It was sold as a $6.2 billion project in 2010, but costs had ballooned to almost $13-billion by 2017. U.S. export markets for the electricity evaporated and now the province is stuck with a white elephant that it cannot afford. (Since 2007 the cost estimates for Site C have increased from $6 billion to $10.7 billion, with most of the major construction still to come.)

As a result of cost overruns at Muskrat Falls, electrical rates are now expected to increase from 12 cents per kilowatt hour to 22.9 cents per kilowatt hour by 2021 — and that’s just the beginning, says Vardy.

He suspects that higher rates will cut electrical demand, which means that demand for power from Muskrat Falls will collapse and hydro revenue won’t be enough to service its debt.

“The project could well end up as a stranded asset,” predicts Vardy, an asset that has become obsolete or non-operational.

“Our per capita debt in Newfoundland is higher than Puerto Rico,” adds Vardy. “Without further federal intervention I don’t see any way out of this for the province.”

Vardy now hopes that the public inquiry led by Justice Richard LeBlanc will answer some pressing questions, including the possibility of designing a new rate structure which would ensure Muskrat Falls power is used locally rather than exported at rates well below the cost of production.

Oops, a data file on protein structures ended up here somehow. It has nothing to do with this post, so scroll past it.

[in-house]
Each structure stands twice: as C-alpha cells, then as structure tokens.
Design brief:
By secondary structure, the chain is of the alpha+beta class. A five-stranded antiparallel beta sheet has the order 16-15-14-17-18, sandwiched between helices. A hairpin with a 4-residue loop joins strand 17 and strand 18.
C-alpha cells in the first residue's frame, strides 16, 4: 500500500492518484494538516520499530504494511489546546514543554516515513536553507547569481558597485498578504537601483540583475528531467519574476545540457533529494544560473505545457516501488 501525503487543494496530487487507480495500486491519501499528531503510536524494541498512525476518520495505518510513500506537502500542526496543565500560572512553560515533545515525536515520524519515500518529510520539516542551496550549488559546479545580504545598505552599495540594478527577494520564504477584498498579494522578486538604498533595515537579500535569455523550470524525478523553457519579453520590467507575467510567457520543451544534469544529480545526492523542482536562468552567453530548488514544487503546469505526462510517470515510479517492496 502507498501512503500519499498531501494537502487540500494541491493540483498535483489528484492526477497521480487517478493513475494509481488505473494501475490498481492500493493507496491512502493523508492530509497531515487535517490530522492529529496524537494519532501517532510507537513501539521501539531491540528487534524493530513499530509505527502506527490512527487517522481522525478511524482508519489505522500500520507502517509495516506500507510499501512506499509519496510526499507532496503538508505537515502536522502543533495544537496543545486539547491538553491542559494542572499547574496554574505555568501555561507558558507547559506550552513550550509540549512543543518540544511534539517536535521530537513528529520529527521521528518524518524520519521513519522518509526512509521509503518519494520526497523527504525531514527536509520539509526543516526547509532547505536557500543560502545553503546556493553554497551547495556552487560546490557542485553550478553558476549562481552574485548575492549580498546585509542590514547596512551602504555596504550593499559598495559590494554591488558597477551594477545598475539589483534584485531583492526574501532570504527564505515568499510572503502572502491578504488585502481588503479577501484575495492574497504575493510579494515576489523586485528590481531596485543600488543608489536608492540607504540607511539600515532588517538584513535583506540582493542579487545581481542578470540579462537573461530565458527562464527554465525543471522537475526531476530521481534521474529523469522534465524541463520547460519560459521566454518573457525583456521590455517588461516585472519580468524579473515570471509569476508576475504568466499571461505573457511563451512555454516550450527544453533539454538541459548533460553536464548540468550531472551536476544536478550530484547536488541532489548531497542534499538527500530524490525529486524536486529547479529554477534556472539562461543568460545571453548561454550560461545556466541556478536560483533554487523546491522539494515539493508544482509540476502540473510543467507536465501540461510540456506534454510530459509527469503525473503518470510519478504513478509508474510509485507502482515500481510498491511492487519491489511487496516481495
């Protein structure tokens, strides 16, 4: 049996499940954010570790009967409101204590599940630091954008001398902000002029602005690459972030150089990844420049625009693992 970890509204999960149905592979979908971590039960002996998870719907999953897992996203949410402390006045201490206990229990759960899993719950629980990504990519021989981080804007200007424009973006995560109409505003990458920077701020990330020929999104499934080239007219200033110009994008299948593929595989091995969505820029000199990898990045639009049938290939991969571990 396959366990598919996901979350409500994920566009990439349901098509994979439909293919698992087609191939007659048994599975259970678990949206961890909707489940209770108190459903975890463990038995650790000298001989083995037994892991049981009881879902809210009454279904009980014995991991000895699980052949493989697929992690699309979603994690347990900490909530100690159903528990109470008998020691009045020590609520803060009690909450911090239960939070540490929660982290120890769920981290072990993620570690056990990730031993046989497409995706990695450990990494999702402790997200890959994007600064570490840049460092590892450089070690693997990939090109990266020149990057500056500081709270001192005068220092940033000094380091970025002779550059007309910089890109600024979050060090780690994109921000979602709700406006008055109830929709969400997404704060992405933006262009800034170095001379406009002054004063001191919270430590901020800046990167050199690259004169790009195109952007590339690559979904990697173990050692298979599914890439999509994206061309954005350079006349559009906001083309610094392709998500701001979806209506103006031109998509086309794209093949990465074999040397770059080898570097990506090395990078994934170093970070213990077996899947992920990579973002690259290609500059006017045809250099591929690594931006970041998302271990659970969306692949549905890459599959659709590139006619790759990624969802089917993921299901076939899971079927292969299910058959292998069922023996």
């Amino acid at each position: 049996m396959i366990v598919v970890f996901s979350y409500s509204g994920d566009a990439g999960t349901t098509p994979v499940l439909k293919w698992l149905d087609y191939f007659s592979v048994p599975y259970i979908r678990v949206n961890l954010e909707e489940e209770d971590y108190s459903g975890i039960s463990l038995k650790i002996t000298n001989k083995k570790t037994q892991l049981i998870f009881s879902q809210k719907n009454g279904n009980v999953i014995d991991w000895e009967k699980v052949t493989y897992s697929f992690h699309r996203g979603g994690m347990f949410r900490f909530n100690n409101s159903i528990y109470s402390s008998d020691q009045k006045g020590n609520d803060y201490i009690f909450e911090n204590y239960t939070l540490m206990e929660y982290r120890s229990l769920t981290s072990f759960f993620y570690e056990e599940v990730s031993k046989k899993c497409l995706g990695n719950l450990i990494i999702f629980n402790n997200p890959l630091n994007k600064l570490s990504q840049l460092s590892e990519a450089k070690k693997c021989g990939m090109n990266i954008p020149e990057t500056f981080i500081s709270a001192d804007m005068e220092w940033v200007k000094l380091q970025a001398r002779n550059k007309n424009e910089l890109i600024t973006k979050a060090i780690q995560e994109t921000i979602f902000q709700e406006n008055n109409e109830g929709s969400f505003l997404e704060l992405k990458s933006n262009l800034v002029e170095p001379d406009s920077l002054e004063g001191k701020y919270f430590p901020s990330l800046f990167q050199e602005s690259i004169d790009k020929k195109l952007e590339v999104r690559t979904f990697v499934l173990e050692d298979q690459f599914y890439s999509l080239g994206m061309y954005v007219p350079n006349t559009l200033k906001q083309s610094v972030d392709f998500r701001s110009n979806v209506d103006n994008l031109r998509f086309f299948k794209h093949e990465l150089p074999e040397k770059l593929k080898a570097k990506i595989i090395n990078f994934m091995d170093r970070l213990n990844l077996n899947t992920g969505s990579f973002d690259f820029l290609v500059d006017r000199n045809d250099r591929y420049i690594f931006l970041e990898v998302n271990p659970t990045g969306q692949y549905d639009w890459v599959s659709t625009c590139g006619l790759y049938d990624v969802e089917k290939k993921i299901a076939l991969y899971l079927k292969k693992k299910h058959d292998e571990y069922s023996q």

For Vardy, the most important questions concern the failure of democratic institutions to offer sober second thought on projects driven by ambitious politicians.

“How do we build stronger democratic institutions and avoid the pitfalls of messianic leaders who take us down the wrong path and bypass all the due diligence that needs to take place and simply govern by the dictate of their own particular hubris and arrogance?” he recently asked The Independent, a Newfoundland and Labrador online news journal.

“I think what happened here is that democracy has been usurped.”